Andrew Baggarly of CSNBayArea.com reports that Giants’ third baseman Pablo Sandoval is being investigated by the Santa Cruz County Sheriff’s Department and faces possible sexual assault charges as result of an incident which allegedly took place Friday morning.
The incident allegedly took place at the Seascape Beach Resort in Santa Cruz County. Police were not called to the scene, but the woman in question later contacted authorities and said that she was was too intoxicated to give consent. She then provided a sexual assault forensic evidence kit at an area hospital.
Sandoval’s attorney, Eric Geffon, confirmed to CSN Bay Area that Sandoval did not report to AT&T Ballpark yesterday because he was being questioned by police.
“On Friday, June 1, Pablo Sandoval voluntarily met with the Santa Cruz County Sheriff’s Department related to a consensual, personal relationship of a sexual nature that took place on that day. Pablo fully cooperated with the Sheriff’s Department out of respect for the process. We have no further comment at this time.”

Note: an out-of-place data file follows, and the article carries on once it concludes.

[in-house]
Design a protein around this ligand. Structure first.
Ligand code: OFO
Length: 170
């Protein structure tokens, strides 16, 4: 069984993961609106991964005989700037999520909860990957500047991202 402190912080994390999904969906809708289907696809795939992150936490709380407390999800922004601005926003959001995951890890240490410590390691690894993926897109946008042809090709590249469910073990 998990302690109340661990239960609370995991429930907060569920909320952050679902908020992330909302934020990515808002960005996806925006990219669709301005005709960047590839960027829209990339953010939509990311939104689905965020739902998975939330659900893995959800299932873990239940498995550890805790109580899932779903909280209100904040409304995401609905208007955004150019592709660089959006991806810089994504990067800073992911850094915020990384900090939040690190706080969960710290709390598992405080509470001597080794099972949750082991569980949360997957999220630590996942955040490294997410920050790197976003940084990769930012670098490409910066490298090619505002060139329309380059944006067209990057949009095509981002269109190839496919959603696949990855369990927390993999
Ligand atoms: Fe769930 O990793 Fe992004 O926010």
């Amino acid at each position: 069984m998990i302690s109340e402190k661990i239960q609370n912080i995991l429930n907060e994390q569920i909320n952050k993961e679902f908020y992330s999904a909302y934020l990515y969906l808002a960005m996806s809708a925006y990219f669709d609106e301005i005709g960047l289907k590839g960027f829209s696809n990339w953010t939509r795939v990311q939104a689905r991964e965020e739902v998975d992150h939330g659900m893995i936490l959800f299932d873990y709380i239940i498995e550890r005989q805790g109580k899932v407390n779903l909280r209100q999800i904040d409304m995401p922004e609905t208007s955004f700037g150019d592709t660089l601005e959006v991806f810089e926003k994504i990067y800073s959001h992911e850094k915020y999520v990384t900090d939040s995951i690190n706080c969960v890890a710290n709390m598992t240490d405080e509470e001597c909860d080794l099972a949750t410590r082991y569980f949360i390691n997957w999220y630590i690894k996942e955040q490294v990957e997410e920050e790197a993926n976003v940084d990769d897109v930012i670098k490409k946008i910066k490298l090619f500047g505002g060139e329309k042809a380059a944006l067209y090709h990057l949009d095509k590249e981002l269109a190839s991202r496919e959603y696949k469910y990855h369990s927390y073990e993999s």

Sandoval has not been charged with a crime and the investigation is ongoing. The Giants have confirmed that he is still scheduled to report to High-A San Jose this evening to begin a rehab assignment as he makes his way back from hamate bone surgery on his left hand.
We’ll pass along information when updates warrant.
Fellow second basemen Javier Baez of the Cubs and D.J. LeMahieu of the Rockies got into a disagreement in the top of the third inning of Sunday’s game at Coors Field over sign-stealing.
LeMahieu reached on a fielder’s choice ground out, then advanced to second base on Charlie Blackmon‘s single. While Nolan Arenado and Trevor Story were batting, Baez was concerned that LeMahieu was relaying the Cubs’ signs to his teammates. Baez decided to stand in front of LeMahieu to block any information he might have been giving to Arenado and Story. LeMahieu got irritated and the two jawed at each other for a bit. Umpires Vic Carapazza and Greg Gibson had to intervene to tell Baez to knock it off.
There has always been a back-and-forth with alleged sign-stealing. As long as teams aren’t using technology to steal signs, it’s fair game for players to relay information to their teammates about the opposing team’s signs. Last year, MLB determined the Red Sox went against the rules and used technology — an Apple watch in this case — to steal signs from the Yankees. Other teams in the past have been accused of using binoculars from the bullpen to steal signs. In this particular case with Baez and LeMahieu, there was no foul play going on, just Baez trying to make the Rockies cede what he perceived to be their slight competitive advantage.
The Cubs went on to beat the Rockies 9-7 on Sunday.